Tuesday, February 16, 2010

Apple blocking Google Voice blocking webOS App

Oh what a tangled web we weave. I feel like I need to express how extremely disappointed in Google I am right now.

They were all independence and walled garden and network neutrality back in July of 2009 when their official Google Voice App was denied by Apple.

But how hypocritical can you be when they are now doing the same thing to 3rd party apps trying to access Google Voice from other mobile devices. They are not only not releasing an API like they have done with every other Google product out there, but they are implementing byzantine security to actually prevent 3rd party apps from accessing the same functionality that their Android native app is capable of or their new mobile site is able to access.

What does this mean to the non-technical? No matter how much authorization you provide a 3rd party app to access your Google Voice data, they don't want you to be able to dial out using the access number methodology like they have in Android and Google Voice Mobile. So you can give up your username and password to an app and then Google will still block that app from dialing out using the super easy access number that they allow their own apps to use.

But its their product they can do what they want, right? Sure, just don't go crying to everyone the next time some other vendor blocks your product from their platform or device. Would they be so willing to apply the same statement if say AT&T put a block of all users to the www.google.com domain and redirected to bing.com? I don't think so, and there really is no difference. If a user wants to use a 3rd party app to access their Google Voice account and take the same actions you can do on the web or in Android, then why block it?

Safety of users would be a good reason, but at that point if they were worried about it, it is too late, the user has already given the keys to the kingdom and with the extensive Google API's, they could modify your contacts, send email from your account, search your Google Documents, but what they absolutely cannot do? Dial a US no-cost phone number using the access numbers that Google has setup for Google Voice.

Really Google? Really?

How many security keys can you need? You get one when you login with the user's info, then when you go to Google Voice it creates another one, then if you want to dial out, you need yet another key. You protect the phone more than anything else in your offerings and it just doesn't add up.

This is the summation of my frustrations in trying to maintain gDial Pro for webOS mobile phones. I have spent more time on troubleshooting the Google interface piece than anything else on the phone. Why not put out an API? There is an API for Wave, and even the new Buzz, but nothing for Google Voice.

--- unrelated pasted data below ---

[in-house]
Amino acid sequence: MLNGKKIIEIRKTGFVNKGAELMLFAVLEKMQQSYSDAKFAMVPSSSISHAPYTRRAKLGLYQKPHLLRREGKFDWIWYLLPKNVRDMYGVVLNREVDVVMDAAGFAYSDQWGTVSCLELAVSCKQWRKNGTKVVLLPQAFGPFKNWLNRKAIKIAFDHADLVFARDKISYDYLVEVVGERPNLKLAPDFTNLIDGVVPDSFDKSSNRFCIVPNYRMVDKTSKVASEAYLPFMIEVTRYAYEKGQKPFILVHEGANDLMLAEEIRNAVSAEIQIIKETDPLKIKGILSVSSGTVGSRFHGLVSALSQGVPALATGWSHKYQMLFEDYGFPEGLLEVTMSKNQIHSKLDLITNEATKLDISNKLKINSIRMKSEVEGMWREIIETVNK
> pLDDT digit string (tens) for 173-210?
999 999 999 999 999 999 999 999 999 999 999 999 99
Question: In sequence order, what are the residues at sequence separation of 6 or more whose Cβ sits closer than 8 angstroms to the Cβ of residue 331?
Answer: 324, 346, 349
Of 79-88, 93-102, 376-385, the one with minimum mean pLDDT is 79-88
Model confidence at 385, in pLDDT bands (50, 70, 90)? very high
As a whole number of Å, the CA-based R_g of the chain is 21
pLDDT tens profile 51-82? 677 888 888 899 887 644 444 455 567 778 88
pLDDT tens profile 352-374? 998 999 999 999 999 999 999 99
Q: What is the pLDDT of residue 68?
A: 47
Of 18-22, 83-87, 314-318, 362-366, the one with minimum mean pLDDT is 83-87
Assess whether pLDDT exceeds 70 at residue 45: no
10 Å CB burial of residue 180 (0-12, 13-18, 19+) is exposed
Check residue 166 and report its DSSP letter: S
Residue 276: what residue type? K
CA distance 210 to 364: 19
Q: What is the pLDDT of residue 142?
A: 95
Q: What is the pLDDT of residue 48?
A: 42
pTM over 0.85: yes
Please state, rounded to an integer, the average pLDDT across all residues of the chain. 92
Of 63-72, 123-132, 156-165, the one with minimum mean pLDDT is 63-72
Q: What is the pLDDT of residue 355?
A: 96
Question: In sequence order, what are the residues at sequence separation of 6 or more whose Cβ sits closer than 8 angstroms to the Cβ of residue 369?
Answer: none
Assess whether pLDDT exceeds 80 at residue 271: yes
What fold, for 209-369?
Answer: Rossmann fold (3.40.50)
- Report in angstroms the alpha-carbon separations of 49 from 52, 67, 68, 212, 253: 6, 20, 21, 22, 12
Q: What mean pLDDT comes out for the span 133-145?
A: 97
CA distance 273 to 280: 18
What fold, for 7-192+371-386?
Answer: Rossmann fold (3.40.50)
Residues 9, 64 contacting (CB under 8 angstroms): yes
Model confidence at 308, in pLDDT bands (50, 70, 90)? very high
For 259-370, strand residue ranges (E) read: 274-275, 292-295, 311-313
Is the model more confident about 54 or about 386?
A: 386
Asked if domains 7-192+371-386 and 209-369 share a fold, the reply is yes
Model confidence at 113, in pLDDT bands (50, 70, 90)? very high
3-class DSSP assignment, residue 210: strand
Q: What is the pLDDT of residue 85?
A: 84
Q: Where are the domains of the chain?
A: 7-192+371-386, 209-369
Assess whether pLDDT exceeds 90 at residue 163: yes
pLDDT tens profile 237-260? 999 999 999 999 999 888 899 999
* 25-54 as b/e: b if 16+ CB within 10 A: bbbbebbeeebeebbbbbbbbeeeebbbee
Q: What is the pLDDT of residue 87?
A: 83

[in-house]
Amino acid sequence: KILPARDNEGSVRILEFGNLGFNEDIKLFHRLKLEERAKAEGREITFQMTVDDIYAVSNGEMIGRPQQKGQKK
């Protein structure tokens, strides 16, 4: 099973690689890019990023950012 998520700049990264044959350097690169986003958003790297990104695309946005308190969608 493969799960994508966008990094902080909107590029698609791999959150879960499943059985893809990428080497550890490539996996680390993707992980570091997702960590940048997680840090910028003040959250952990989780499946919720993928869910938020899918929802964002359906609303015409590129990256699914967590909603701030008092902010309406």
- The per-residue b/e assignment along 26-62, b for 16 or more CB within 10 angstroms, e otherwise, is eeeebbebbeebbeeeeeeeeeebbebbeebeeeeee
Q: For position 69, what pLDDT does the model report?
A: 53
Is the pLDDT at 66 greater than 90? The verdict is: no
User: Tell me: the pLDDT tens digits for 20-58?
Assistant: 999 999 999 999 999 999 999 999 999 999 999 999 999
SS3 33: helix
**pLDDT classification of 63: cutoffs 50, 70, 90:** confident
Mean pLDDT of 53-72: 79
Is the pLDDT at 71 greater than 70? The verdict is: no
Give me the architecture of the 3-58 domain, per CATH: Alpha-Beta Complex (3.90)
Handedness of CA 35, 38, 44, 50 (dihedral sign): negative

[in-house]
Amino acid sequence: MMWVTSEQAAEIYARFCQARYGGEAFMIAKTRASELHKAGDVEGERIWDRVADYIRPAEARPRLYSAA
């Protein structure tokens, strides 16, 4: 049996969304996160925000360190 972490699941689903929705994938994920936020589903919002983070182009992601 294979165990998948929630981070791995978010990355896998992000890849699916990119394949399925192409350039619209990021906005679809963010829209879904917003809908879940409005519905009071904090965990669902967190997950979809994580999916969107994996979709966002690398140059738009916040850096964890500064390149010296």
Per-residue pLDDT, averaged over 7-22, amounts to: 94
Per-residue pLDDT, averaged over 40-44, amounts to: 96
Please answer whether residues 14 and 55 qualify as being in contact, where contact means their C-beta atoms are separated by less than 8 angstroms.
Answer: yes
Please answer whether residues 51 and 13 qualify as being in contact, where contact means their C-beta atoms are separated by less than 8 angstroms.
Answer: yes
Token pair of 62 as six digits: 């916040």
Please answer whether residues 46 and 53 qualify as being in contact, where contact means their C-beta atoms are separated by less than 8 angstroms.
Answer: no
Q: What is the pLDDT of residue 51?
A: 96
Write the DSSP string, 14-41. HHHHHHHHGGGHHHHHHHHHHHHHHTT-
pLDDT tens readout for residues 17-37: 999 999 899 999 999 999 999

So it begs the question, why is there no API? Lack of resources, I doubt it, security of info, see above as there is a lot better info to access if you were trying to do something wrong.

Where does it leave us? I don't know, they must have some reason for it. Take a look at their Data Liberation Front. Then go to the Voice item, hmmmmm, not a lot going on there for data liberation.

If you profess freedom, then you have to be free yourself or it dilutes the message.

Friday, February 12, 2010

gDial and Google Voice v1.3.1

-Major change to fix up gDial after changes at Google Voice. Please read everything below:

Note this version and going forward will be taking a new tactic in order to provide as much stability as possible for changing Google API's all the time. Starting in 1.3.1, we will be moving more of the interface to a server side solution. So, gDial will communicate with our server (At Google's Appengine, so you can be assured of uptime) and that server will interact with Google Voice on your behalf. We are doing this so that future changes in the Google interface can be fixed on the server side and not require a new rollout of a new client and all of the time that takes. We can fix it on the server and immediately make that available to our users for better reliability.

Great, so what does this mean for privacy? In version 1.3.1 the only interaction with our server is in 2 places. We check your email address against a list of users on our server who are part of a beta program. The second is that we pass a token from gDial to our server which exchanges this token at Google for a Google Voice token that we pass back to gDial. gDial then deals directly with Google for all other operations. Your password is never transmitted to our servers

I wanted to be transparent about that so that everyone knows what is going on. The hosting is at Google's appengine so there has been no noticable speed difference in testing.

Because this takes server resources on an ongoing basis, we will have to charge for this ability. So as of 1.3.1, there will be a monthly fee required to use the following features: web dial and SMS. Manual dialing as well as viewing history will not require this subscription. We are going to try to make this work at $1/month billed by Paypal as we figured that would cover server costs and be inexpensive enough for almost anyone wanting that Google Voice functionality. You will get some extra features with this subscription as well that are almost done beta testing if Google would stop changing things on us